It seems that abortion is always discussed in hypothetical circumstances. But what if you became pregnant and the choice actually fell personally on you? Jan. 22, which recognized the 40th anniversary of Roe v. Wade, brought a flurry of articles and public displays featuring both pro-life and pro-choice viewpoints. I wonder whether any of the participants in these demonstrations have actually had to make the decision for themselves: do I keep this potential life growing inside me? It is one thing to say what is moral and what others should do in a given situation, but who knows how you might feel and react when it actually happens to you.
My own sister was almost never born. She and my brother are twins, and somehow my brother was taking all of the nutrients inside the womb, leaving her malnourished and underdeveloped. The doctors told my parents that she probably wouldn’t make it or would be born with severe issues. They wanted to perform a selective abortion: to abort one of the twins and not the other. But my sister was above my brother in the womb; the procedure could have had negative effects on him too. My parents agonized over it: “What if we had a child with these needs, could we deal with this?” They felt that they had the means to raise a special-needs child, should that be the case, and chose not to abort her despite the doctors’ recommendations.
Months later, my siblings were born prematurely via emergency C-section. My sister, who dropped to 1.5 pounds after birth, spent weeks in the NICU, where we could only see her beautiful face through two glass windows. Somehow, by a miracle, and despite doctor’s predictions, that tiny baby fought for her life and grew. Today my sister is alive and healthy; she is almost taller than I am! But this miracle, as we call it, is not always the case.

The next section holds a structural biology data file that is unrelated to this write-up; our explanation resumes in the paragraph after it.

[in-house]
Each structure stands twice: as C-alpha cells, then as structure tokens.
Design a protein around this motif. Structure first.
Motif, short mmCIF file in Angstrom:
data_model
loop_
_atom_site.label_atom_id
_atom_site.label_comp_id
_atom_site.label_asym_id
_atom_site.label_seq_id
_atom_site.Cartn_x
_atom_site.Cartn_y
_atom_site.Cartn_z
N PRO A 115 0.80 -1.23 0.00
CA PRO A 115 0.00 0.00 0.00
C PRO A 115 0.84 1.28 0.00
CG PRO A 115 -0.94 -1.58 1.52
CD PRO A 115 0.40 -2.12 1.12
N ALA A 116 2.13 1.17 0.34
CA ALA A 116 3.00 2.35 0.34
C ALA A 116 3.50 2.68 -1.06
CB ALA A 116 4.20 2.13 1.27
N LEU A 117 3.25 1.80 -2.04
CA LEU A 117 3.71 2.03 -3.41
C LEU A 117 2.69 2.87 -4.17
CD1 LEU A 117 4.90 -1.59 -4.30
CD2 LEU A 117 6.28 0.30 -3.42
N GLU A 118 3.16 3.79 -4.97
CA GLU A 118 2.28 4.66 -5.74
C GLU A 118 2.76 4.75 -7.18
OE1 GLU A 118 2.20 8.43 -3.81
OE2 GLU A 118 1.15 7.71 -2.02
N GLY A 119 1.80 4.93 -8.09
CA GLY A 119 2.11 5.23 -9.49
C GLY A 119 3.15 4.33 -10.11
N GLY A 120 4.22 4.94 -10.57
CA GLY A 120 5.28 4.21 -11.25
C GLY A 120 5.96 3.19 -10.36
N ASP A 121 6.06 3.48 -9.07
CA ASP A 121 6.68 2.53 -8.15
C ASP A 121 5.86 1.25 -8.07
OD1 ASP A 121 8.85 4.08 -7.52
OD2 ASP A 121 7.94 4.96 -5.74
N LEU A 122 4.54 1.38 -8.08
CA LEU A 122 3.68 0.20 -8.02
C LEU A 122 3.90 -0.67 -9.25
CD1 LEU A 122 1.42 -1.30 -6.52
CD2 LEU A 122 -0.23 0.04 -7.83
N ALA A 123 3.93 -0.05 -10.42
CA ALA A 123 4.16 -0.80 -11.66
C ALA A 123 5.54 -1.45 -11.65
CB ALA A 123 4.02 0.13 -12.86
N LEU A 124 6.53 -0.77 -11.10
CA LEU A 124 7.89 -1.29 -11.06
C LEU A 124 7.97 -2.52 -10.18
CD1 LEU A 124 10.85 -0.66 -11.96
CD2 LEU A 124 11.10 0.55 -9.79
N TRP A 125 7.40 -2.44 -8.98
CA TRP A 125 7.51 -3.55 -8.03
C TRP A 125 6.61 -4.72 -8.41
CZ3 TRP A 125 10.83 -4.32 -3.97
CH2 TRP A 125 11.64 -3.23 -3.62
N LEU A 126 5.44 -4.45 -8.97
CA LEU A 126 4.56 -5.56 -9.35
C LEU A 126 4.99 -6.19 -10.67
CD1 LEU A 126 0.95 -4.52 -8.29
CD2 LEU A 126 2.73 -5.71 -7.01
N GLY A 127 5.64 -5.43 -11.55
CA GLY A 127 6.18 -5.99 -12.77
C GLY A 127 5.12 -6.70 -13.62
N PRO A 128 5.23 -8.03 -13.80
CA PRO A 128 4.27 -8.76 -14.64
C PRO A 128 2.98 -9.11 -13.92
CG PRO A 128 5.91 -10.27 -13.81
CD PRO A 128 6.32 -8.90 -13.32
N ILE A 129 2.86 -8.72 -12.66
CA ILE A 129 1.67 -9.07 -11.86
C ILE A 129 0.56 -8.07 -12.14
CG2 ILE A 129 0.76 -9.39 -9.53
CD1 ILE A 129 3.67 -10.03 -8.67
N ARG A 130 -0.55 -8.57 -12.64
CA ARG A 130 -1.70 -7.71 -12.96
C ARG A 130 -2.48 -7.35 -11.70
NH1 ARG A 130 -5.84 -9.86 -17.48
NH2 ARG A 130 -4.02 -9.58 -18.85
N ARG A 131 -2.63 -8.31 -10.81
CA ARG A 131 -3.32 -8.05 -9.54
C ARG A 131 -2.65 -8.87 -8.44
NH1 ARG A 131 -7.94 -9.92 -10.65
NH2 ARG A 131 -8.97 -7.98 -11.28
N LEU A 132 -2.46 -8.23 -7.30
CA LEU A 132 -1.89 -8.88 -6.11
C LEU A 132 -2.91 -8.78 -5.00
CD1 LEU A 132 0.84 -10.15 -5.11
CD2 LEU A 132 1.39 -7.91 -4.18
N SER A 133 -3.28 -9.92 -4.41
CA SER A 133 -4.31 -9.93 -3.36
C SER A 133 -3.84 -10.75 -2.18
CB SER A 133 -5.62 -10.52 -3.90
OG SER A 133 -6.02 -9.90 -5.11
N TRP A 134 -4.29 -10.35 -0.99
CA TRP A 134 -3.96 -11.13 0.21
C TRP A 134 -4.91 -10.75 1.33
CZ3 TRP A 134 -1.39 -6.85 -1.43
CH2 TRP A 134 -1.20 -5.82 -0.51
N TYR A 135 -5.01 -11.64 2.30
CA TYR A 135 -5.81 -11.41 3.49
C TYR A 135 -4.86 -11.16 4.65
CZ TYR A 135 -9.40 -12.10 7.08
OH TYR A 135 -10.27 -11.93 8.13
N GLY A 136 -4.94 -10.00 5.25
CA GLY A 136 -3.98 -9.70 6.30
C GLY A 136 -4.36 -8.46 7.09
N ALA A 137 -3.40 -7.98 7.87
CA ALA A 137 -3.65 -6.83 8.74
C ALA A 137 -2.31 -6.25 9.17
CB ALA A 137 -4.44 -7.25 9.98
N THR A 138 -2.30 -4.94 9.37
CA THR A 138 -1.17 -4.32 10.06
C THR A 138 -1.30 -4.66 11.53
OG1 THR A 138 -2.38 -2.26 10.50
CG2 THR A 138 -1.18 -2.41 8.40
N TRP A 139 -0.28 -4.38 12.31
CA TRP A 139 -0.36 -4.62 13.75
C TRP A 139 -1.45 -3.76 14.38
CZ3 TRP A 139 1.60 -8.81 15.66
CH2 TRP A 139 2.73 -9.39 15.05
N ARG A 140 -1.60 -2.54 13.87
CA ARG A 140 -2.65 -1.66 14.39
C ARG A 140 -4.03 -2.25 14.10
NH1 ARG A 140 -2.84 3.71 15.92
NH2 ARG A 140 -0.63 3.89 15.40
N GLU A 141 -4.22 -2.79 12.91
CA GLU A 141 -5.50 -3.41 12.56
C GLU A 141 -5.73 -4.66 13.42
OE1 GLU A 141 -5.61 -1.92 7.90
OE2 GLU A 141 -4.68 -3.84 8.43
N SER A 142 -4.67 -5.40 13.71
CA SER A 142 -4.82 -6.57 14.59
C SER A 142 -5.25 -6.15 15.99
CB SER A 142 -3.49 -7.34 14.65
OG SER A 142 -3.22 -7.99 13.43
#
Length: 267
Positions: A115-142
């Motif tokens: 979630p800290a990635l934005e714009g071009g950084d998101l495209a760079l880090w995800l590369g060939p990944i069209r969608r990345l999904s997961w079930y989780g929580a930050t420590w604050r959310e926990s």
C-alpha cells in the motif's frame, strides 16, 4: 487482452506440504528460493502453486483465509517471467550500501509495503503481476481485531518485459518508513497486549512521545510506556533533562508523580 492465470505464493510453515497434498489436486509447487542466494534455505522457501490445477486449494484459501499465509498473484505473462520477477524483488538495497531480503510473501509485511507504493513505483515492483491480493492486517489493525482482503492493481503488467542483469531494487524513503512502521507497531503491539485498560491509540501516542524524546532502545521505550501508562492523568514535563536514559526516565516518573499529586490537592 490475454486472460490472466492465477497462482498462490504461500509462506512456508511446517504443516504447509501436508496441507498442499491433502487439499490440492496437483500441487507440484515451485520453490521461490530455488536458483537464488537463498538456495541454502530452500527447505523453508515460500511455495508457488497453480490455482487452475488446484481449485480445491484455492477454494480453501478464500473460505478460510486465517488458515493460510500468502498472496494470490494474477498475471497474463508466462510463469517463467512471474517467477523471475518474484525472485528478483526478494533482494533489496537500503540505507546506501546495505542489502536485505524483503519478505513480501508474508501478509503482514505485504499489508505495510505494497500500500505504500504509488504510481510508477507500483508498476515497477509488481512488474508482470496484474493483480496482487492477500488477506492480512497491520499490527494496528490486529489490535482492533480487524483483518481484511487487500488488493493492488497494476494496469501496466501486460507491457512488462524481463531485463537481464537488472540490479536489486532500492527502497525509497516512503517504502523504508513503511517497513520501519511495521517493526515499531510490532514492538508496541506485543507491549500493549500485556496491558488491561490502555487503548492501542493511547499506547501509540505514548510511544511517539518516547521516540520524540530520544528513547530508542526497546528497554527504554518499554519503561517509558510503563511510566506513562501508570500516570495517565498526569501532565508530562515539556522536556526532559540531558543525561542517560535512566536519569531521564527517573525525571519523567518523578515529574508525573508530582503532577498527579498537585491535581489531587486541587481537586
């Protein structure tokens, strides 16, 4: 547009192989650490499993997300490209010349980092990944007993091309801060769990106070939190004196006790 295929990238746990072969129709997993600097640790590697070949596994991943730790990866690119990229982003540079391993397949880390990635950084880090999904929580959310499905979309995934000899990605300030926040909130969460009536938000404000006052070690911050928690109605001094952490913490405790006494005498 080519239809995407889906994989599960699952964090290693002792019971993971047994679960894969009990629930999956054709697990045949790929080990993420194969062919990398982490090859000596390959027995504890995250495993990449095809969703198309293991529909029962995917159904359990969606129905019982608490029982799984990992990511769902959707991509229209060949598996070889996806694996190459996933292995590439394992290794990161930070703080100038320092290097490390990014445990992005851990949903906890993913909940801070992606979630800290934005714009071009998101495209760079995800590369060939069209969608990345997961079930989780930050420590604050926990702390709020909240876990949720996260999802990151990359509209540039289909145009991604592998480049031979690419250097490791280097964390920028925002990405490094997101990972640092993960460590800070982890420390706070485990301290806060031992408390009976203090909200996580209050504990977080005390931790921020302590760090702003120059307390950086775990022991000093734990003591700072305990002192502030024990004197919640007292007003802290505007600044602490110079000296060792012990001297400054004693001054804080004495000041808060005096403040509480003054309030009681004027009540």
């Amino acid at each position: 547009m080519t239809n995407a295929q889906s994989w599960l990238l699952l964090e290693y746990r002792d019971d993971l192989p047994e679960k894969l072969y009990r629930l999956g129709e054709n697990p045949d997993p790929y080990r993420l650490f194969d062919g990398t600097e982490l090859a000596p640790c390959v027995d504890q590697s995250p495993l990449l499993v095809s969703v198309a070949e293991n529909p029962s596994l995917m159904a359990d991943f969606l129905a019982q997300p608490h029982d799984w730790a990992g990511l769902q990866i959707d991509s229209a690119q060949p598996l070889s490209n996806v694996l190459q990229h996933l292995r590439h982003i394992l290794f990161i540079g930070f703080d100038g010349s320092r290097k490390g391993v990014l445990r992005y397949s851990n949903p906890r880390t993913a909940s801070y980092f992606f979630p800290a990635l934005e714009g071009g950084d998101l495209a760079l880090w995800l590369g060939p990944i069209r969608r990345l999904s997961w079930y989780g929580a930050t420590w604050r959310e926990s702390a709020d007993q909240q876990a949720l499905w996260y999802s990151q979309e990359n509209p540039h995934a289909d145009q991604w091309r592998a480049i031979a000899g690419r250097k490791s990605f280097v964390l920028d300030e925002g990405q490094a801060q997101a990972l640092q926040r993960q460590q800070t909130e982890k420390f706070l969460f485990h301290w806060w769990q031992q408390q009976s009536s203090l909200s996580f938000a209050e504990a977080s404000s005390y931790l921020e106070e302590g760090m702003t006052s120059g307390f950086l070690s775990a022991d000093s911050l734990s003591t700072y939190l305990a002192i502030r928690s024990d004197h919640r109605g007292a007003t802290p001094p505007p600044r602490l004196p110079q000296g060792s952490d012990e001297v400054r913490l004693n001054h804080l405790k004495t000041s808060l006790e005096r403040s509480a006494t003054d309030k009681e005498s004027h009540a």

Abortions do not exist in a vacuum. There are always individual circumstances to consider: money, access to healthcare, timing. If you are looking for an addition to the tired argument of reproductive rights, then stop reading here. Instead, Intermission took the time to document one brave student’s account of her own choice to have an abortion.
Intermission (INT): How far along did you realize you were pregnant?
Student: I realized at five weeks, but was unable to get my abortion until week eight.
INT: What was your first reaction?
Student: My initial reaction was relief because I had been so exhausted and nauseous and emotionally unstable, and my body had gone through so many inexplicable changes; it was nice to at least know that there was a medical cause for my altered state. Finals week was the most hellish experience because I couldn’t keep anything down or stay awake past ten without downing three double shot Tiger Spice Coupas. After a day or two, it really sunk in, and I began to confront the feelings associated with carrying an unwanted pregnancy: guilt, shame, anxiety, etc.
INT: How did you decide what to do? Did you ever consider keeping the baby or adopting?
Student: I had no difficulty deciding whether or not to keep the baby — my family is tremendously supportive and liberal, and this was a topic I had previously contemplated. I knew that not only was I inadequately prepared for motherhood, but I also would be doing a disservice to the child to carry it to term after all of the abuse I had undergone physically in the past few weeks. Obviously, since I was unaware that I was pregnant, I still engaged in social drinking and occasionally dabbled in illicit substances. I never considered keeping it, although my boyfriend and I constantly discussed the hypothetical features and attributes of our child.